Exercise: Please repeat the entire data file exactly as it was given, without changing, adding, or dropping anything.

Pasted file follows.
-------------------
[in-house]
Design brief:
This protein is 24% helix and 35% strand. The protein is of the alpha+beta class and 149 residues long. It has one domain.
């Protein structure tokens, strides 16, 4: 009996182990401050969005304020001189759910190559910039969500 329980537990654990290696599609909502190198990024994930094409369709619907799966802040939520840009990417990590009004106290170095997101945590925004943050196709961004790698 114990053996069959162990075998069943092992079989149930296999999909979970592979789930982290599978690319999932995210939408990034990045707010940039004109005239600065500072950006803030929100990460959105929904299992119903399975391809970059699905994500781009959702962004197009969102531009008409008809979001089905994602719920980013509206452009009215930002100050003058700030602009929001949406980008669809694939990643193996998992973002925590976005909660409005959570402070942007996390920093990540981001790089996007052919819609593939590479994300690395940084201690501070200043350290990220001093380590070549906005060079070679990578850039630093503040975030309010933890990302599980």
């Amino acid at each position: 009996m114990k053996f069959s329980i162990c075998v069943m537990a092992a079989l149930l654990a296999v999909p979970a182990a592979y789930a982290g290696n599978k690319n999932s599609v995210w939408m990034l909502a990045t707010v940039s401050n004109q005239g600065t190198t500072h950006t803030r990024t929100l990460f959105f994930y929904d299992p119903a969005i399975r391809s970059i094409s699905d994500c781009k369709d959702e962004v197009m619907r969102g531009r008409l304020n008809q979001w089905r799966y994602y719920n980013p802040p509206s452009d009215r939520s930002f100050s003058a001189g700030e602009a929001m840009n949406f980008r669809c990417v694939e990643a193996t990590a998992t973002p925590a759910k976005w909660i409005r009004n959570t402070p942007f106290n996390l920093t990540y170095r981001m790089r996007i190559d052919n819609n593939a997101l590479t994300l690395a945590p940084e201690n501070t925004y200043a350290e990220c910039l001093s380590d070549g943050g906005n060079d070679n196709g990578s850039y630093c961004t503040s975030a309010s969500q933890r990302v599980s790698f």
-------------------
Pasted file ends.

[in-house]
Design brief:
This protein is 24% helix and 35% strand. The protein is of the alpha+beta class and 149 residues long. It has one domain.
């Protein structure tokens, strides 16, 4: 009996182990401050969005304020001189759910190559910039969500 329980537990654990290696599609909502190198990024994930094409369709619907799966802040939520840009990417990590009004106290170095997101945590925004943050196709961004790698 114990053996069959162990075998069943092992079989149930296999999909979970592979789930982290599978690319999932995210939408990034990045707010940039004109005239600065500072950006803030929100990460959105929904299992119903399975391809970059699905994500781009959702962004197009969102531009008409008809979001089905994602719920980013509206452009009215930002100050003058700030602009929001949406980008669809694939990643193996998992973002925590976005909660409005959570402070942007996390920093990540981001790089996007052919819609593939590479994300690395940084201690501070200043350290990220001093380590070549906005060079070679990578850039630093503040975030309010933890990302599980």
């Amino acid at each position: 009996m114990k053996f069959s329980i162990c075998v069943m537990a092992a079989l149930l654990a296999v999909p979970a182990a592979y789930a982290g290696n599978k690319n999932s599609v995210w939408m990034l909502a990045t707010v940039s401050n004109q005239g600065t190198t500072h950006t803030r990024t929100l990460f959105f994930y929904d299992p119903a969005i399975r391809s970059i094409s699905d994500c781009k369709d959702e962004v197009m619907r969102g531009r008409l304020n008809q979001w089905r799966y994602y719920n980013p802040p509206s452009d009215r939520s930002f100050s003058a001189g700030e602009a929001m840009n949406f980008r669809c990417v694939e990643a193996t990590a998992t973002p925590a759910k976005w909660i409005r009004n959570t402070p942007f106290n996390l920093t990540y170095r981001m790089r996007i190559d052919n819609n593939a997101l590479t994300l690395a945590p940084e201690n501070t925004y200043a350290e990220c910039l001093s380590d070549g943050g906005n060079d070679n196709g990578s850039y630093c961004t503040s975030a309010s969500q933890r990302v599980s790698f």